Weeks later, Carter received a notice from federal prosecutors asking him to attend a probation revocation hearing to discuss an arrest.

One of the three men arrested that day had a hearing to determine whether to revoke him of probation and place him in jail for the crack Carter's partner said he found in the truck. Carter learned about the contents of the report for the first time at this hearing.

Terrell Carter

"He wrote that there was a baseball size of crack, not a golfball size of crack," Carter said. "He wrote in the report that when we found him at the daycare, they were cutting crack and weighing it on scales outside the truck. That the guy who I found had a gun - I didn't find the gun on him in the vehicle, I found it on him later. But he said that guy was in the backseat twirling the gun on his fingers like a cowboy."

The first claim was inaccurate, and the second and third simply did not happen. But his partner still testified under oath, repeating the exaggerated and fabricated claims he wrote in the initial report.

Carter, however, went against him, telling the room that "what was in the report is not what I remember about the incident."

"I'm not saying that they were good people, not saying that they hadn't done bad things in the past or whatever," Carter said. "But you don't have to lie in order to send someone to prison."

The FBI stepped in and interviewed the three men arrested. Their stories matched up with Carter's, and his partner went to prison.

The ordeal compelled Carter to restart his life - this time as a community organizer and spiritual leader who seeks to educate people about the role of policing.

 

Over recent years, investigations have revealed that police officers nationwide abide by quotas that require them to hit specific numbers of arrests, which exacerbates the chance that they'll stop people of color because of unchecked racial bias.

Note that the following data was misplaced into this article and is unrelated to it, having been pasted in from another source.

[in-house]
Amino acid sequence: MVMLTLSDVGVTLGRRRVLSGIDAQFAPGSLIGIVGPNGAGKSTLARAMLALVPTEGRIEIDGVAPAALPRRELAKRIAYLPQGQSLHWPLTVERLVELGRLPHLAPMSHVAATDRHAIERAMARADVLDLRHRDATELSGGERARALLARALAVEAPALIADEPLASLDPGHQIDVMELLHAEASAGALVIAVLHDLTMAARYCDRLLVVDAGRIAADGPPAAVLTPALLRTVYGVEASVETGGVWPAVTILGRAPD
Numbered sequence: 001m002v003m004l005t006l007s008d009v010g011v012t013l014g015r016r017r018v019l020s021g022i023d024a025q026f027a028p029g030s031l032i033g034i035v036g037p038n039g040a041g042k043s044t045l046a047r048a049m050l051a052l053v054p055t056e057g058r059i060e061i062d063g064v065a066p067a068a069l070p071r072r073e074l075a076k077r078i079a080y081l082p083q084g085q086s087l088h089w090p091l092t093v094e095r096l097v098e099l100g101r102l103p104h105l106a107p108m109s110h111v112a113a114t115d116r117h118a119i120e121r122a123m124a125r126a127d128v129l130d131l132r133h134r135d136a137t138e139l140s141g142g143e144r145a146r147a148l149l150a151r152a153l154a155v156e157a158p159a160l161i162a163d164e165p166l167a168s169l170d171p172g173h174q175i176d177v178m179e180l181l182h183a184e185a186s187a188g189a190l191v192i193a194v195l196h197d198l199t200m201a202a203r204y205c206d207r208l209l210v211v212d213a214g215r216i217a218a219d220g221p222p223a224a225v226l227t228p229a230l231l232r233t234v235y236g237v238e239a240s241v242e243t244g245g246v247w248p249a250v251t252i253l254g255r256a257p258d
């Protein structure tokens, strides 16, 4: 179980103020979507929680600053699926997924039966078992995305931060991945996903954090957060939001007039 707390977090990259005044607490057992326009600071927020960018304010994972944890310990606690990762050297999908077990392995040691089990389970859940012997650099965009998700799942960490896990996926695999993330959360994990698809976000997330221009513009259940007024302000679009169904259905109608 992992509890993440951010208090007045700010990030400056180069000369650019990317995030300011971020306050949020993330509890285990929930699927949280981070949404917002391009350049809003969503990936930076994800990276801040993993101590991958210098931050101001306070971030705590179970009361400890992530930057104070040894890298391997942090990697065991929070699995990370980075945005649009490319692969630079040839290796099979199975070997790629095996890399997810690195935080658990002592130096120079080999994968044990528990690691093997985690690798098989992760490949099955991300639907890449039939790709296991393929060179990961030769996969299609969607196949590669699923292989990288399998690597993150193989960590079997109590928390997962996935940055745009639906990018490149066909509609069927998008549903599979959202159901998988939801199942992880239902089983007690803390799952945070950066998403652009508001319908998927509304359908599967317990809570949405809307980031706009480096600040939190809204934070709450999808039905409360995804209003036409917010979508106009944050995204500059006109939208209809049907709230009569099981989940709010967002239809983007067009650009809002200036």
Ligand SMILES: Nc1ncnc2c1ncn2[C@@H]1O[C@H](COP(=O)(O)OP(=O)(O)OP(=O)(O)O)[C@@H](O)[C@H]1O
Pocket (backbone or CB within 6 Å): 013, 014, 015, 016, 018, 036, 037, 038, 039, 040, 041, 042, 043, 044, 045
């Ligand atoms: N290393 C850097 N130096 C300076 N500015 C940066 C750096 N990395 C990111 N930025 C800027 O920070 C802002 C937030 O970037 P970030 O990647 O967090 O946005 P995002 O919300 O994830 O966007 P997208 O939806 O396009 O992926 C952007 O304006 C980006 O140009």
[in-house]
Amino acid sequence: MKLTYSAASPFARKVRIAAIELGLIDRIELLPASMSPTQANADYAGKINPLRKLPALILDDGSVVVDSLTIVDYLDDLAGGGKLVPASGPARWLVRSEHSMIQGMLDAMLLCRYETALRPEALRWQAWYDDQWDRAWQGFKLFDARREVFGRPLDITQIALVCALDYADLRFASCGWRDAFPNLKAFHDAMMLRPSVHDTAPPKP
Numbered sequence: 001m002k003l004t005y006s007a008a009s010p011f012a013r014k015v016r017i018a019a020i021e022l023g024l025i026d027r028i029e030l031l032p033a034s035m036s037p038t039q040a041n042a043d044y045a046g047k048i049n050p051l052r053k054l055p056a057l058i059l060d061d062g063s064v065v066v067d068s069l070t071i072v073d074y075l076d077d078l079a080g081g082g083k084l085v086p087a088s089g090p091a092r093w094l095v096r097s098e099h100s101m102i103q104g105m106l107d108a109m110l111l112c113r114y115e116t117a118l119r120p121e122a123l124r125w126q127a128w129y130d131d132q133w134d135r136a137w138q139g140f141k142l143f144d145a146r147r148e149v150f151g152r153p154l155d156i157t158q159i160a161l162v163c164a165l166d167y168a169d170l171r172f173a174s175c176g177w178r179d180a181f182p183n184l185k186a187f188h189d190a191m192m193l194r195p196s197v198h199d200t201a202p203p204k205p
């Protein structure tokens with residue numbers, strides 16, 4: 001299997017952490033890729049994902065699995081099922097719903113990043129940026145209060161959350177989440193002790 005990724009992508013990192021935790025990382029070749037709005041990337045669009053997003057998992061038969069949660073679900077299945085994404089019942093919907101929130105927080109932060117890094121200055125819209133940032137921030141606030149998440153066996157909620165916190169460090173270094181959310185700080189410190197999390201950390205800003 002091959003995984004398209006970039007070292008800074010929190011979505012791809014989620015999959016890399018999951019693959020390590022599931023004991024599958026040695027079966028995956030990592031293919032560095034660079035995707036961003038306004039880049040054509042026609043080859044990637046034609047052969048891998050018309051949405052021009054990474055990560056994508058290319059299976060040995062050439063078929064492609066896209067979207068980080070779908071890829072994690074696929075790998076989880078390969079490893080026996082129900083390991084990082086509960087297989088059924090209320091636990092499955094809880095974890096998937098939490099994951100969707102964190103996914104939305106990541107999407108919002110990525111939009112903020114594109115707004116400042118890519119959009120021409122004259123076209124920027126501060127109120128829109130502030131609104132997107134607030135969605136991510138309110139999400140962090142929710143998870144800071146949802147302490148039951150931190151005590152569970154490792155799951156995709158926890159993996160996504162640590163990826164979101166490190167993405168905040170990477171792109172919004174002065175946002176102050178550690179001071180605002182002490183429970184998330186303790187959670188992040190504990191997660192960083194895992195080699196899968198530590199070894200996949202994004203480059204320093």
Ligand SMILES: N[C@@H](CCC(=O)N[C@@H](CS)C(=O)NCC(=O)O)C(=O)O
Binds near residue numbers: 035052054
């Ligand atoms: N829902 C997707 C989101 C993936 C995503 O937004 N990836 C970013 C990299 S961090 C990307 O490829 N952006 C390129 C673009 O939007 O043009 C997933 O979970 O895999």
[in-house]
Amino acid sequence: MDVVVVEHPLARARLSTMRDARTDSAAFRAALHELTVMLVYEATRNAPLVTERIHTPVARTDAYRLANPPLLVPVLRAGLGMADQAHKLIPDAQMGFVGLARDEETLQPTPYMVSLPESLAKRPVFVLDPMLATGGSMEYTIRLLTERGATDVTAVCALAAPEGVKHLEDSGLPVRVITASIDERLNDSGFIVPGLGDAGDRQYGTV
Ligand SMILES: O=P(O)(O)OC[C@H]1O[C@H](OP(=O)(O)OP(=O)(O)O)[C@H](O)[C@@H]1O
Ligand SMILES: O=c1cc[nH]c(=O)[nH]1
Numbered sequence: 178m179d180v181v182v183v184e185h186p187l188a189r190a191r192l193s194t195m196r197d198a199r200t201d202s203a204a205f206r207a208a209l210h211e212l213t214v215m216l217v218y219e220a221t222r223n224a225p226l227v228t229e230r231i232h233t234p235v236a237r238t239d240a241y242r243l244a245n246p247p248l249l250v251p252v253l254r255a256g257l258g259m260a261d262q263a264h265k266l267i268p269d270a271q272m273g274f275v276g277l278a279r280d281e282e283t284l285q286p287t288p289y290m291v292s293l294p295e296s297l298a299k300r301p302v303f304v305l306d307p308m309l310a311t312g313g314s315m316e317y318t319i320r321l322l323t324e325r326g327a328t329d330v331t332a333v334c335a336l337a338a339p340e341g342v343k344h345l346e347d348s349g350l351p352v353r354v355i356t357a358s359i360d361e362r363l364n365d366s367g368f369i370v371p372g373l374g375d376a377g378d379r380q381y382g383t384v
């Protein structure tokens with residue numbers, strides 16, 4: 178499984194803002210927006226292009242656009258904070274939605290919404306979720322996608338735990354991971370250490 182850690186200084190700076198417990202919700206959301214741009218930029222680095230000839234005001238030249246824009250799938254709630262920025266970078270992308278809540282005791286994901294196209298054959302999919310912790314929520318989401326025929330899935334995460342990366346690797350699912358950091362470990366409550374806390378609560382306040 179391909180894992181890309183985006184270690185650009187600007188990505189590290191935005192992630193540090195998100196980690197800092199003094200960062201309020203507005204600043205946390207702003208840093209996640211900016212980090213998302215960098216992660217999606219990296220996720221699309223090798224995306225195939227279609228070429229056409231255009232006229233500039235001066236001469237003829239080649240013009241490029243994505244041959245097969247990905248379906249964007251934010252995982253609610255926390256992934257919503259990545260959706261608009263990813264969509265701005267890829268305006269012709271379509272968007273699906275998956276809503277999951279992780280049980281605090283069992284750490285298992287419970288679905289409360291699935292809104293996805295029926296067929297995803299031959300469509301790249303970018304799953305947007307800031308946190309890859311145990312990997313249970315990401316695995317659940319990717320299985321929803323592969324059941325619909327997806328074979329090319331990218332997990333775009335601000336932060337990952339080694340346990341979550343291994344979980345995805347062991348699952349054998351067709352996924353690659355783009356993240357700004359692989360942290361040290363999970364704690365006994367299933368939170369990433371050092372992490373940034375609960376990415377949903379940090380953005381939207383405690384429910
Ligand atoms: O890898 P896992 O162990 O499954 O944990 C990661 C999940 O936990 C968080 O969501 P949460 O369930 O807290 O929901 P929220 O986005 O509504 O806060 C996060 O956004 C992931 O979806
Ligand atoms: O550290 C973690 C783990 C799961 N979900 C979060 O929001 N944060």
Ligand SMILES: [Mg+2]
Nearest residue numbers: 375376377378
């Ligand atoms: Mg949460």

That's what Carter says policing is all about: doing a job in a particularly punitive way to maintain status as an officer.

In the NYPD, the largest police department in the US, one former officer testified under oath that superiors would take away overtime or promotion possibilities from officers who did not meet the quotas. "Collars for dollars" - making arrests at the end of the shift in the hopes of getting overtime pay - is a common practice among police.

Officers wait until the end of the day to fulfill their quotas and make their arrests, leading to extra hours after work spent putting together reports - a tactic used to gain significant overtime hours and pay.

In 2014, four officers collectively made $1,400 in overtime pay for an extra 20 hours of overtime. And June 2020, the NYPD made over $115 million in overtime in overtime pay within just two weeks at the height of the protests against police brutality following the murder of George Floyd.

Carter says these kinds of incentives are protected and encouraged by the current system of policing.

"You don't get rewarded as a police officer for doing good," he said. "You get rewarded for doing what the system requires of you."

It's also about making arrests to advance the department itself, he added.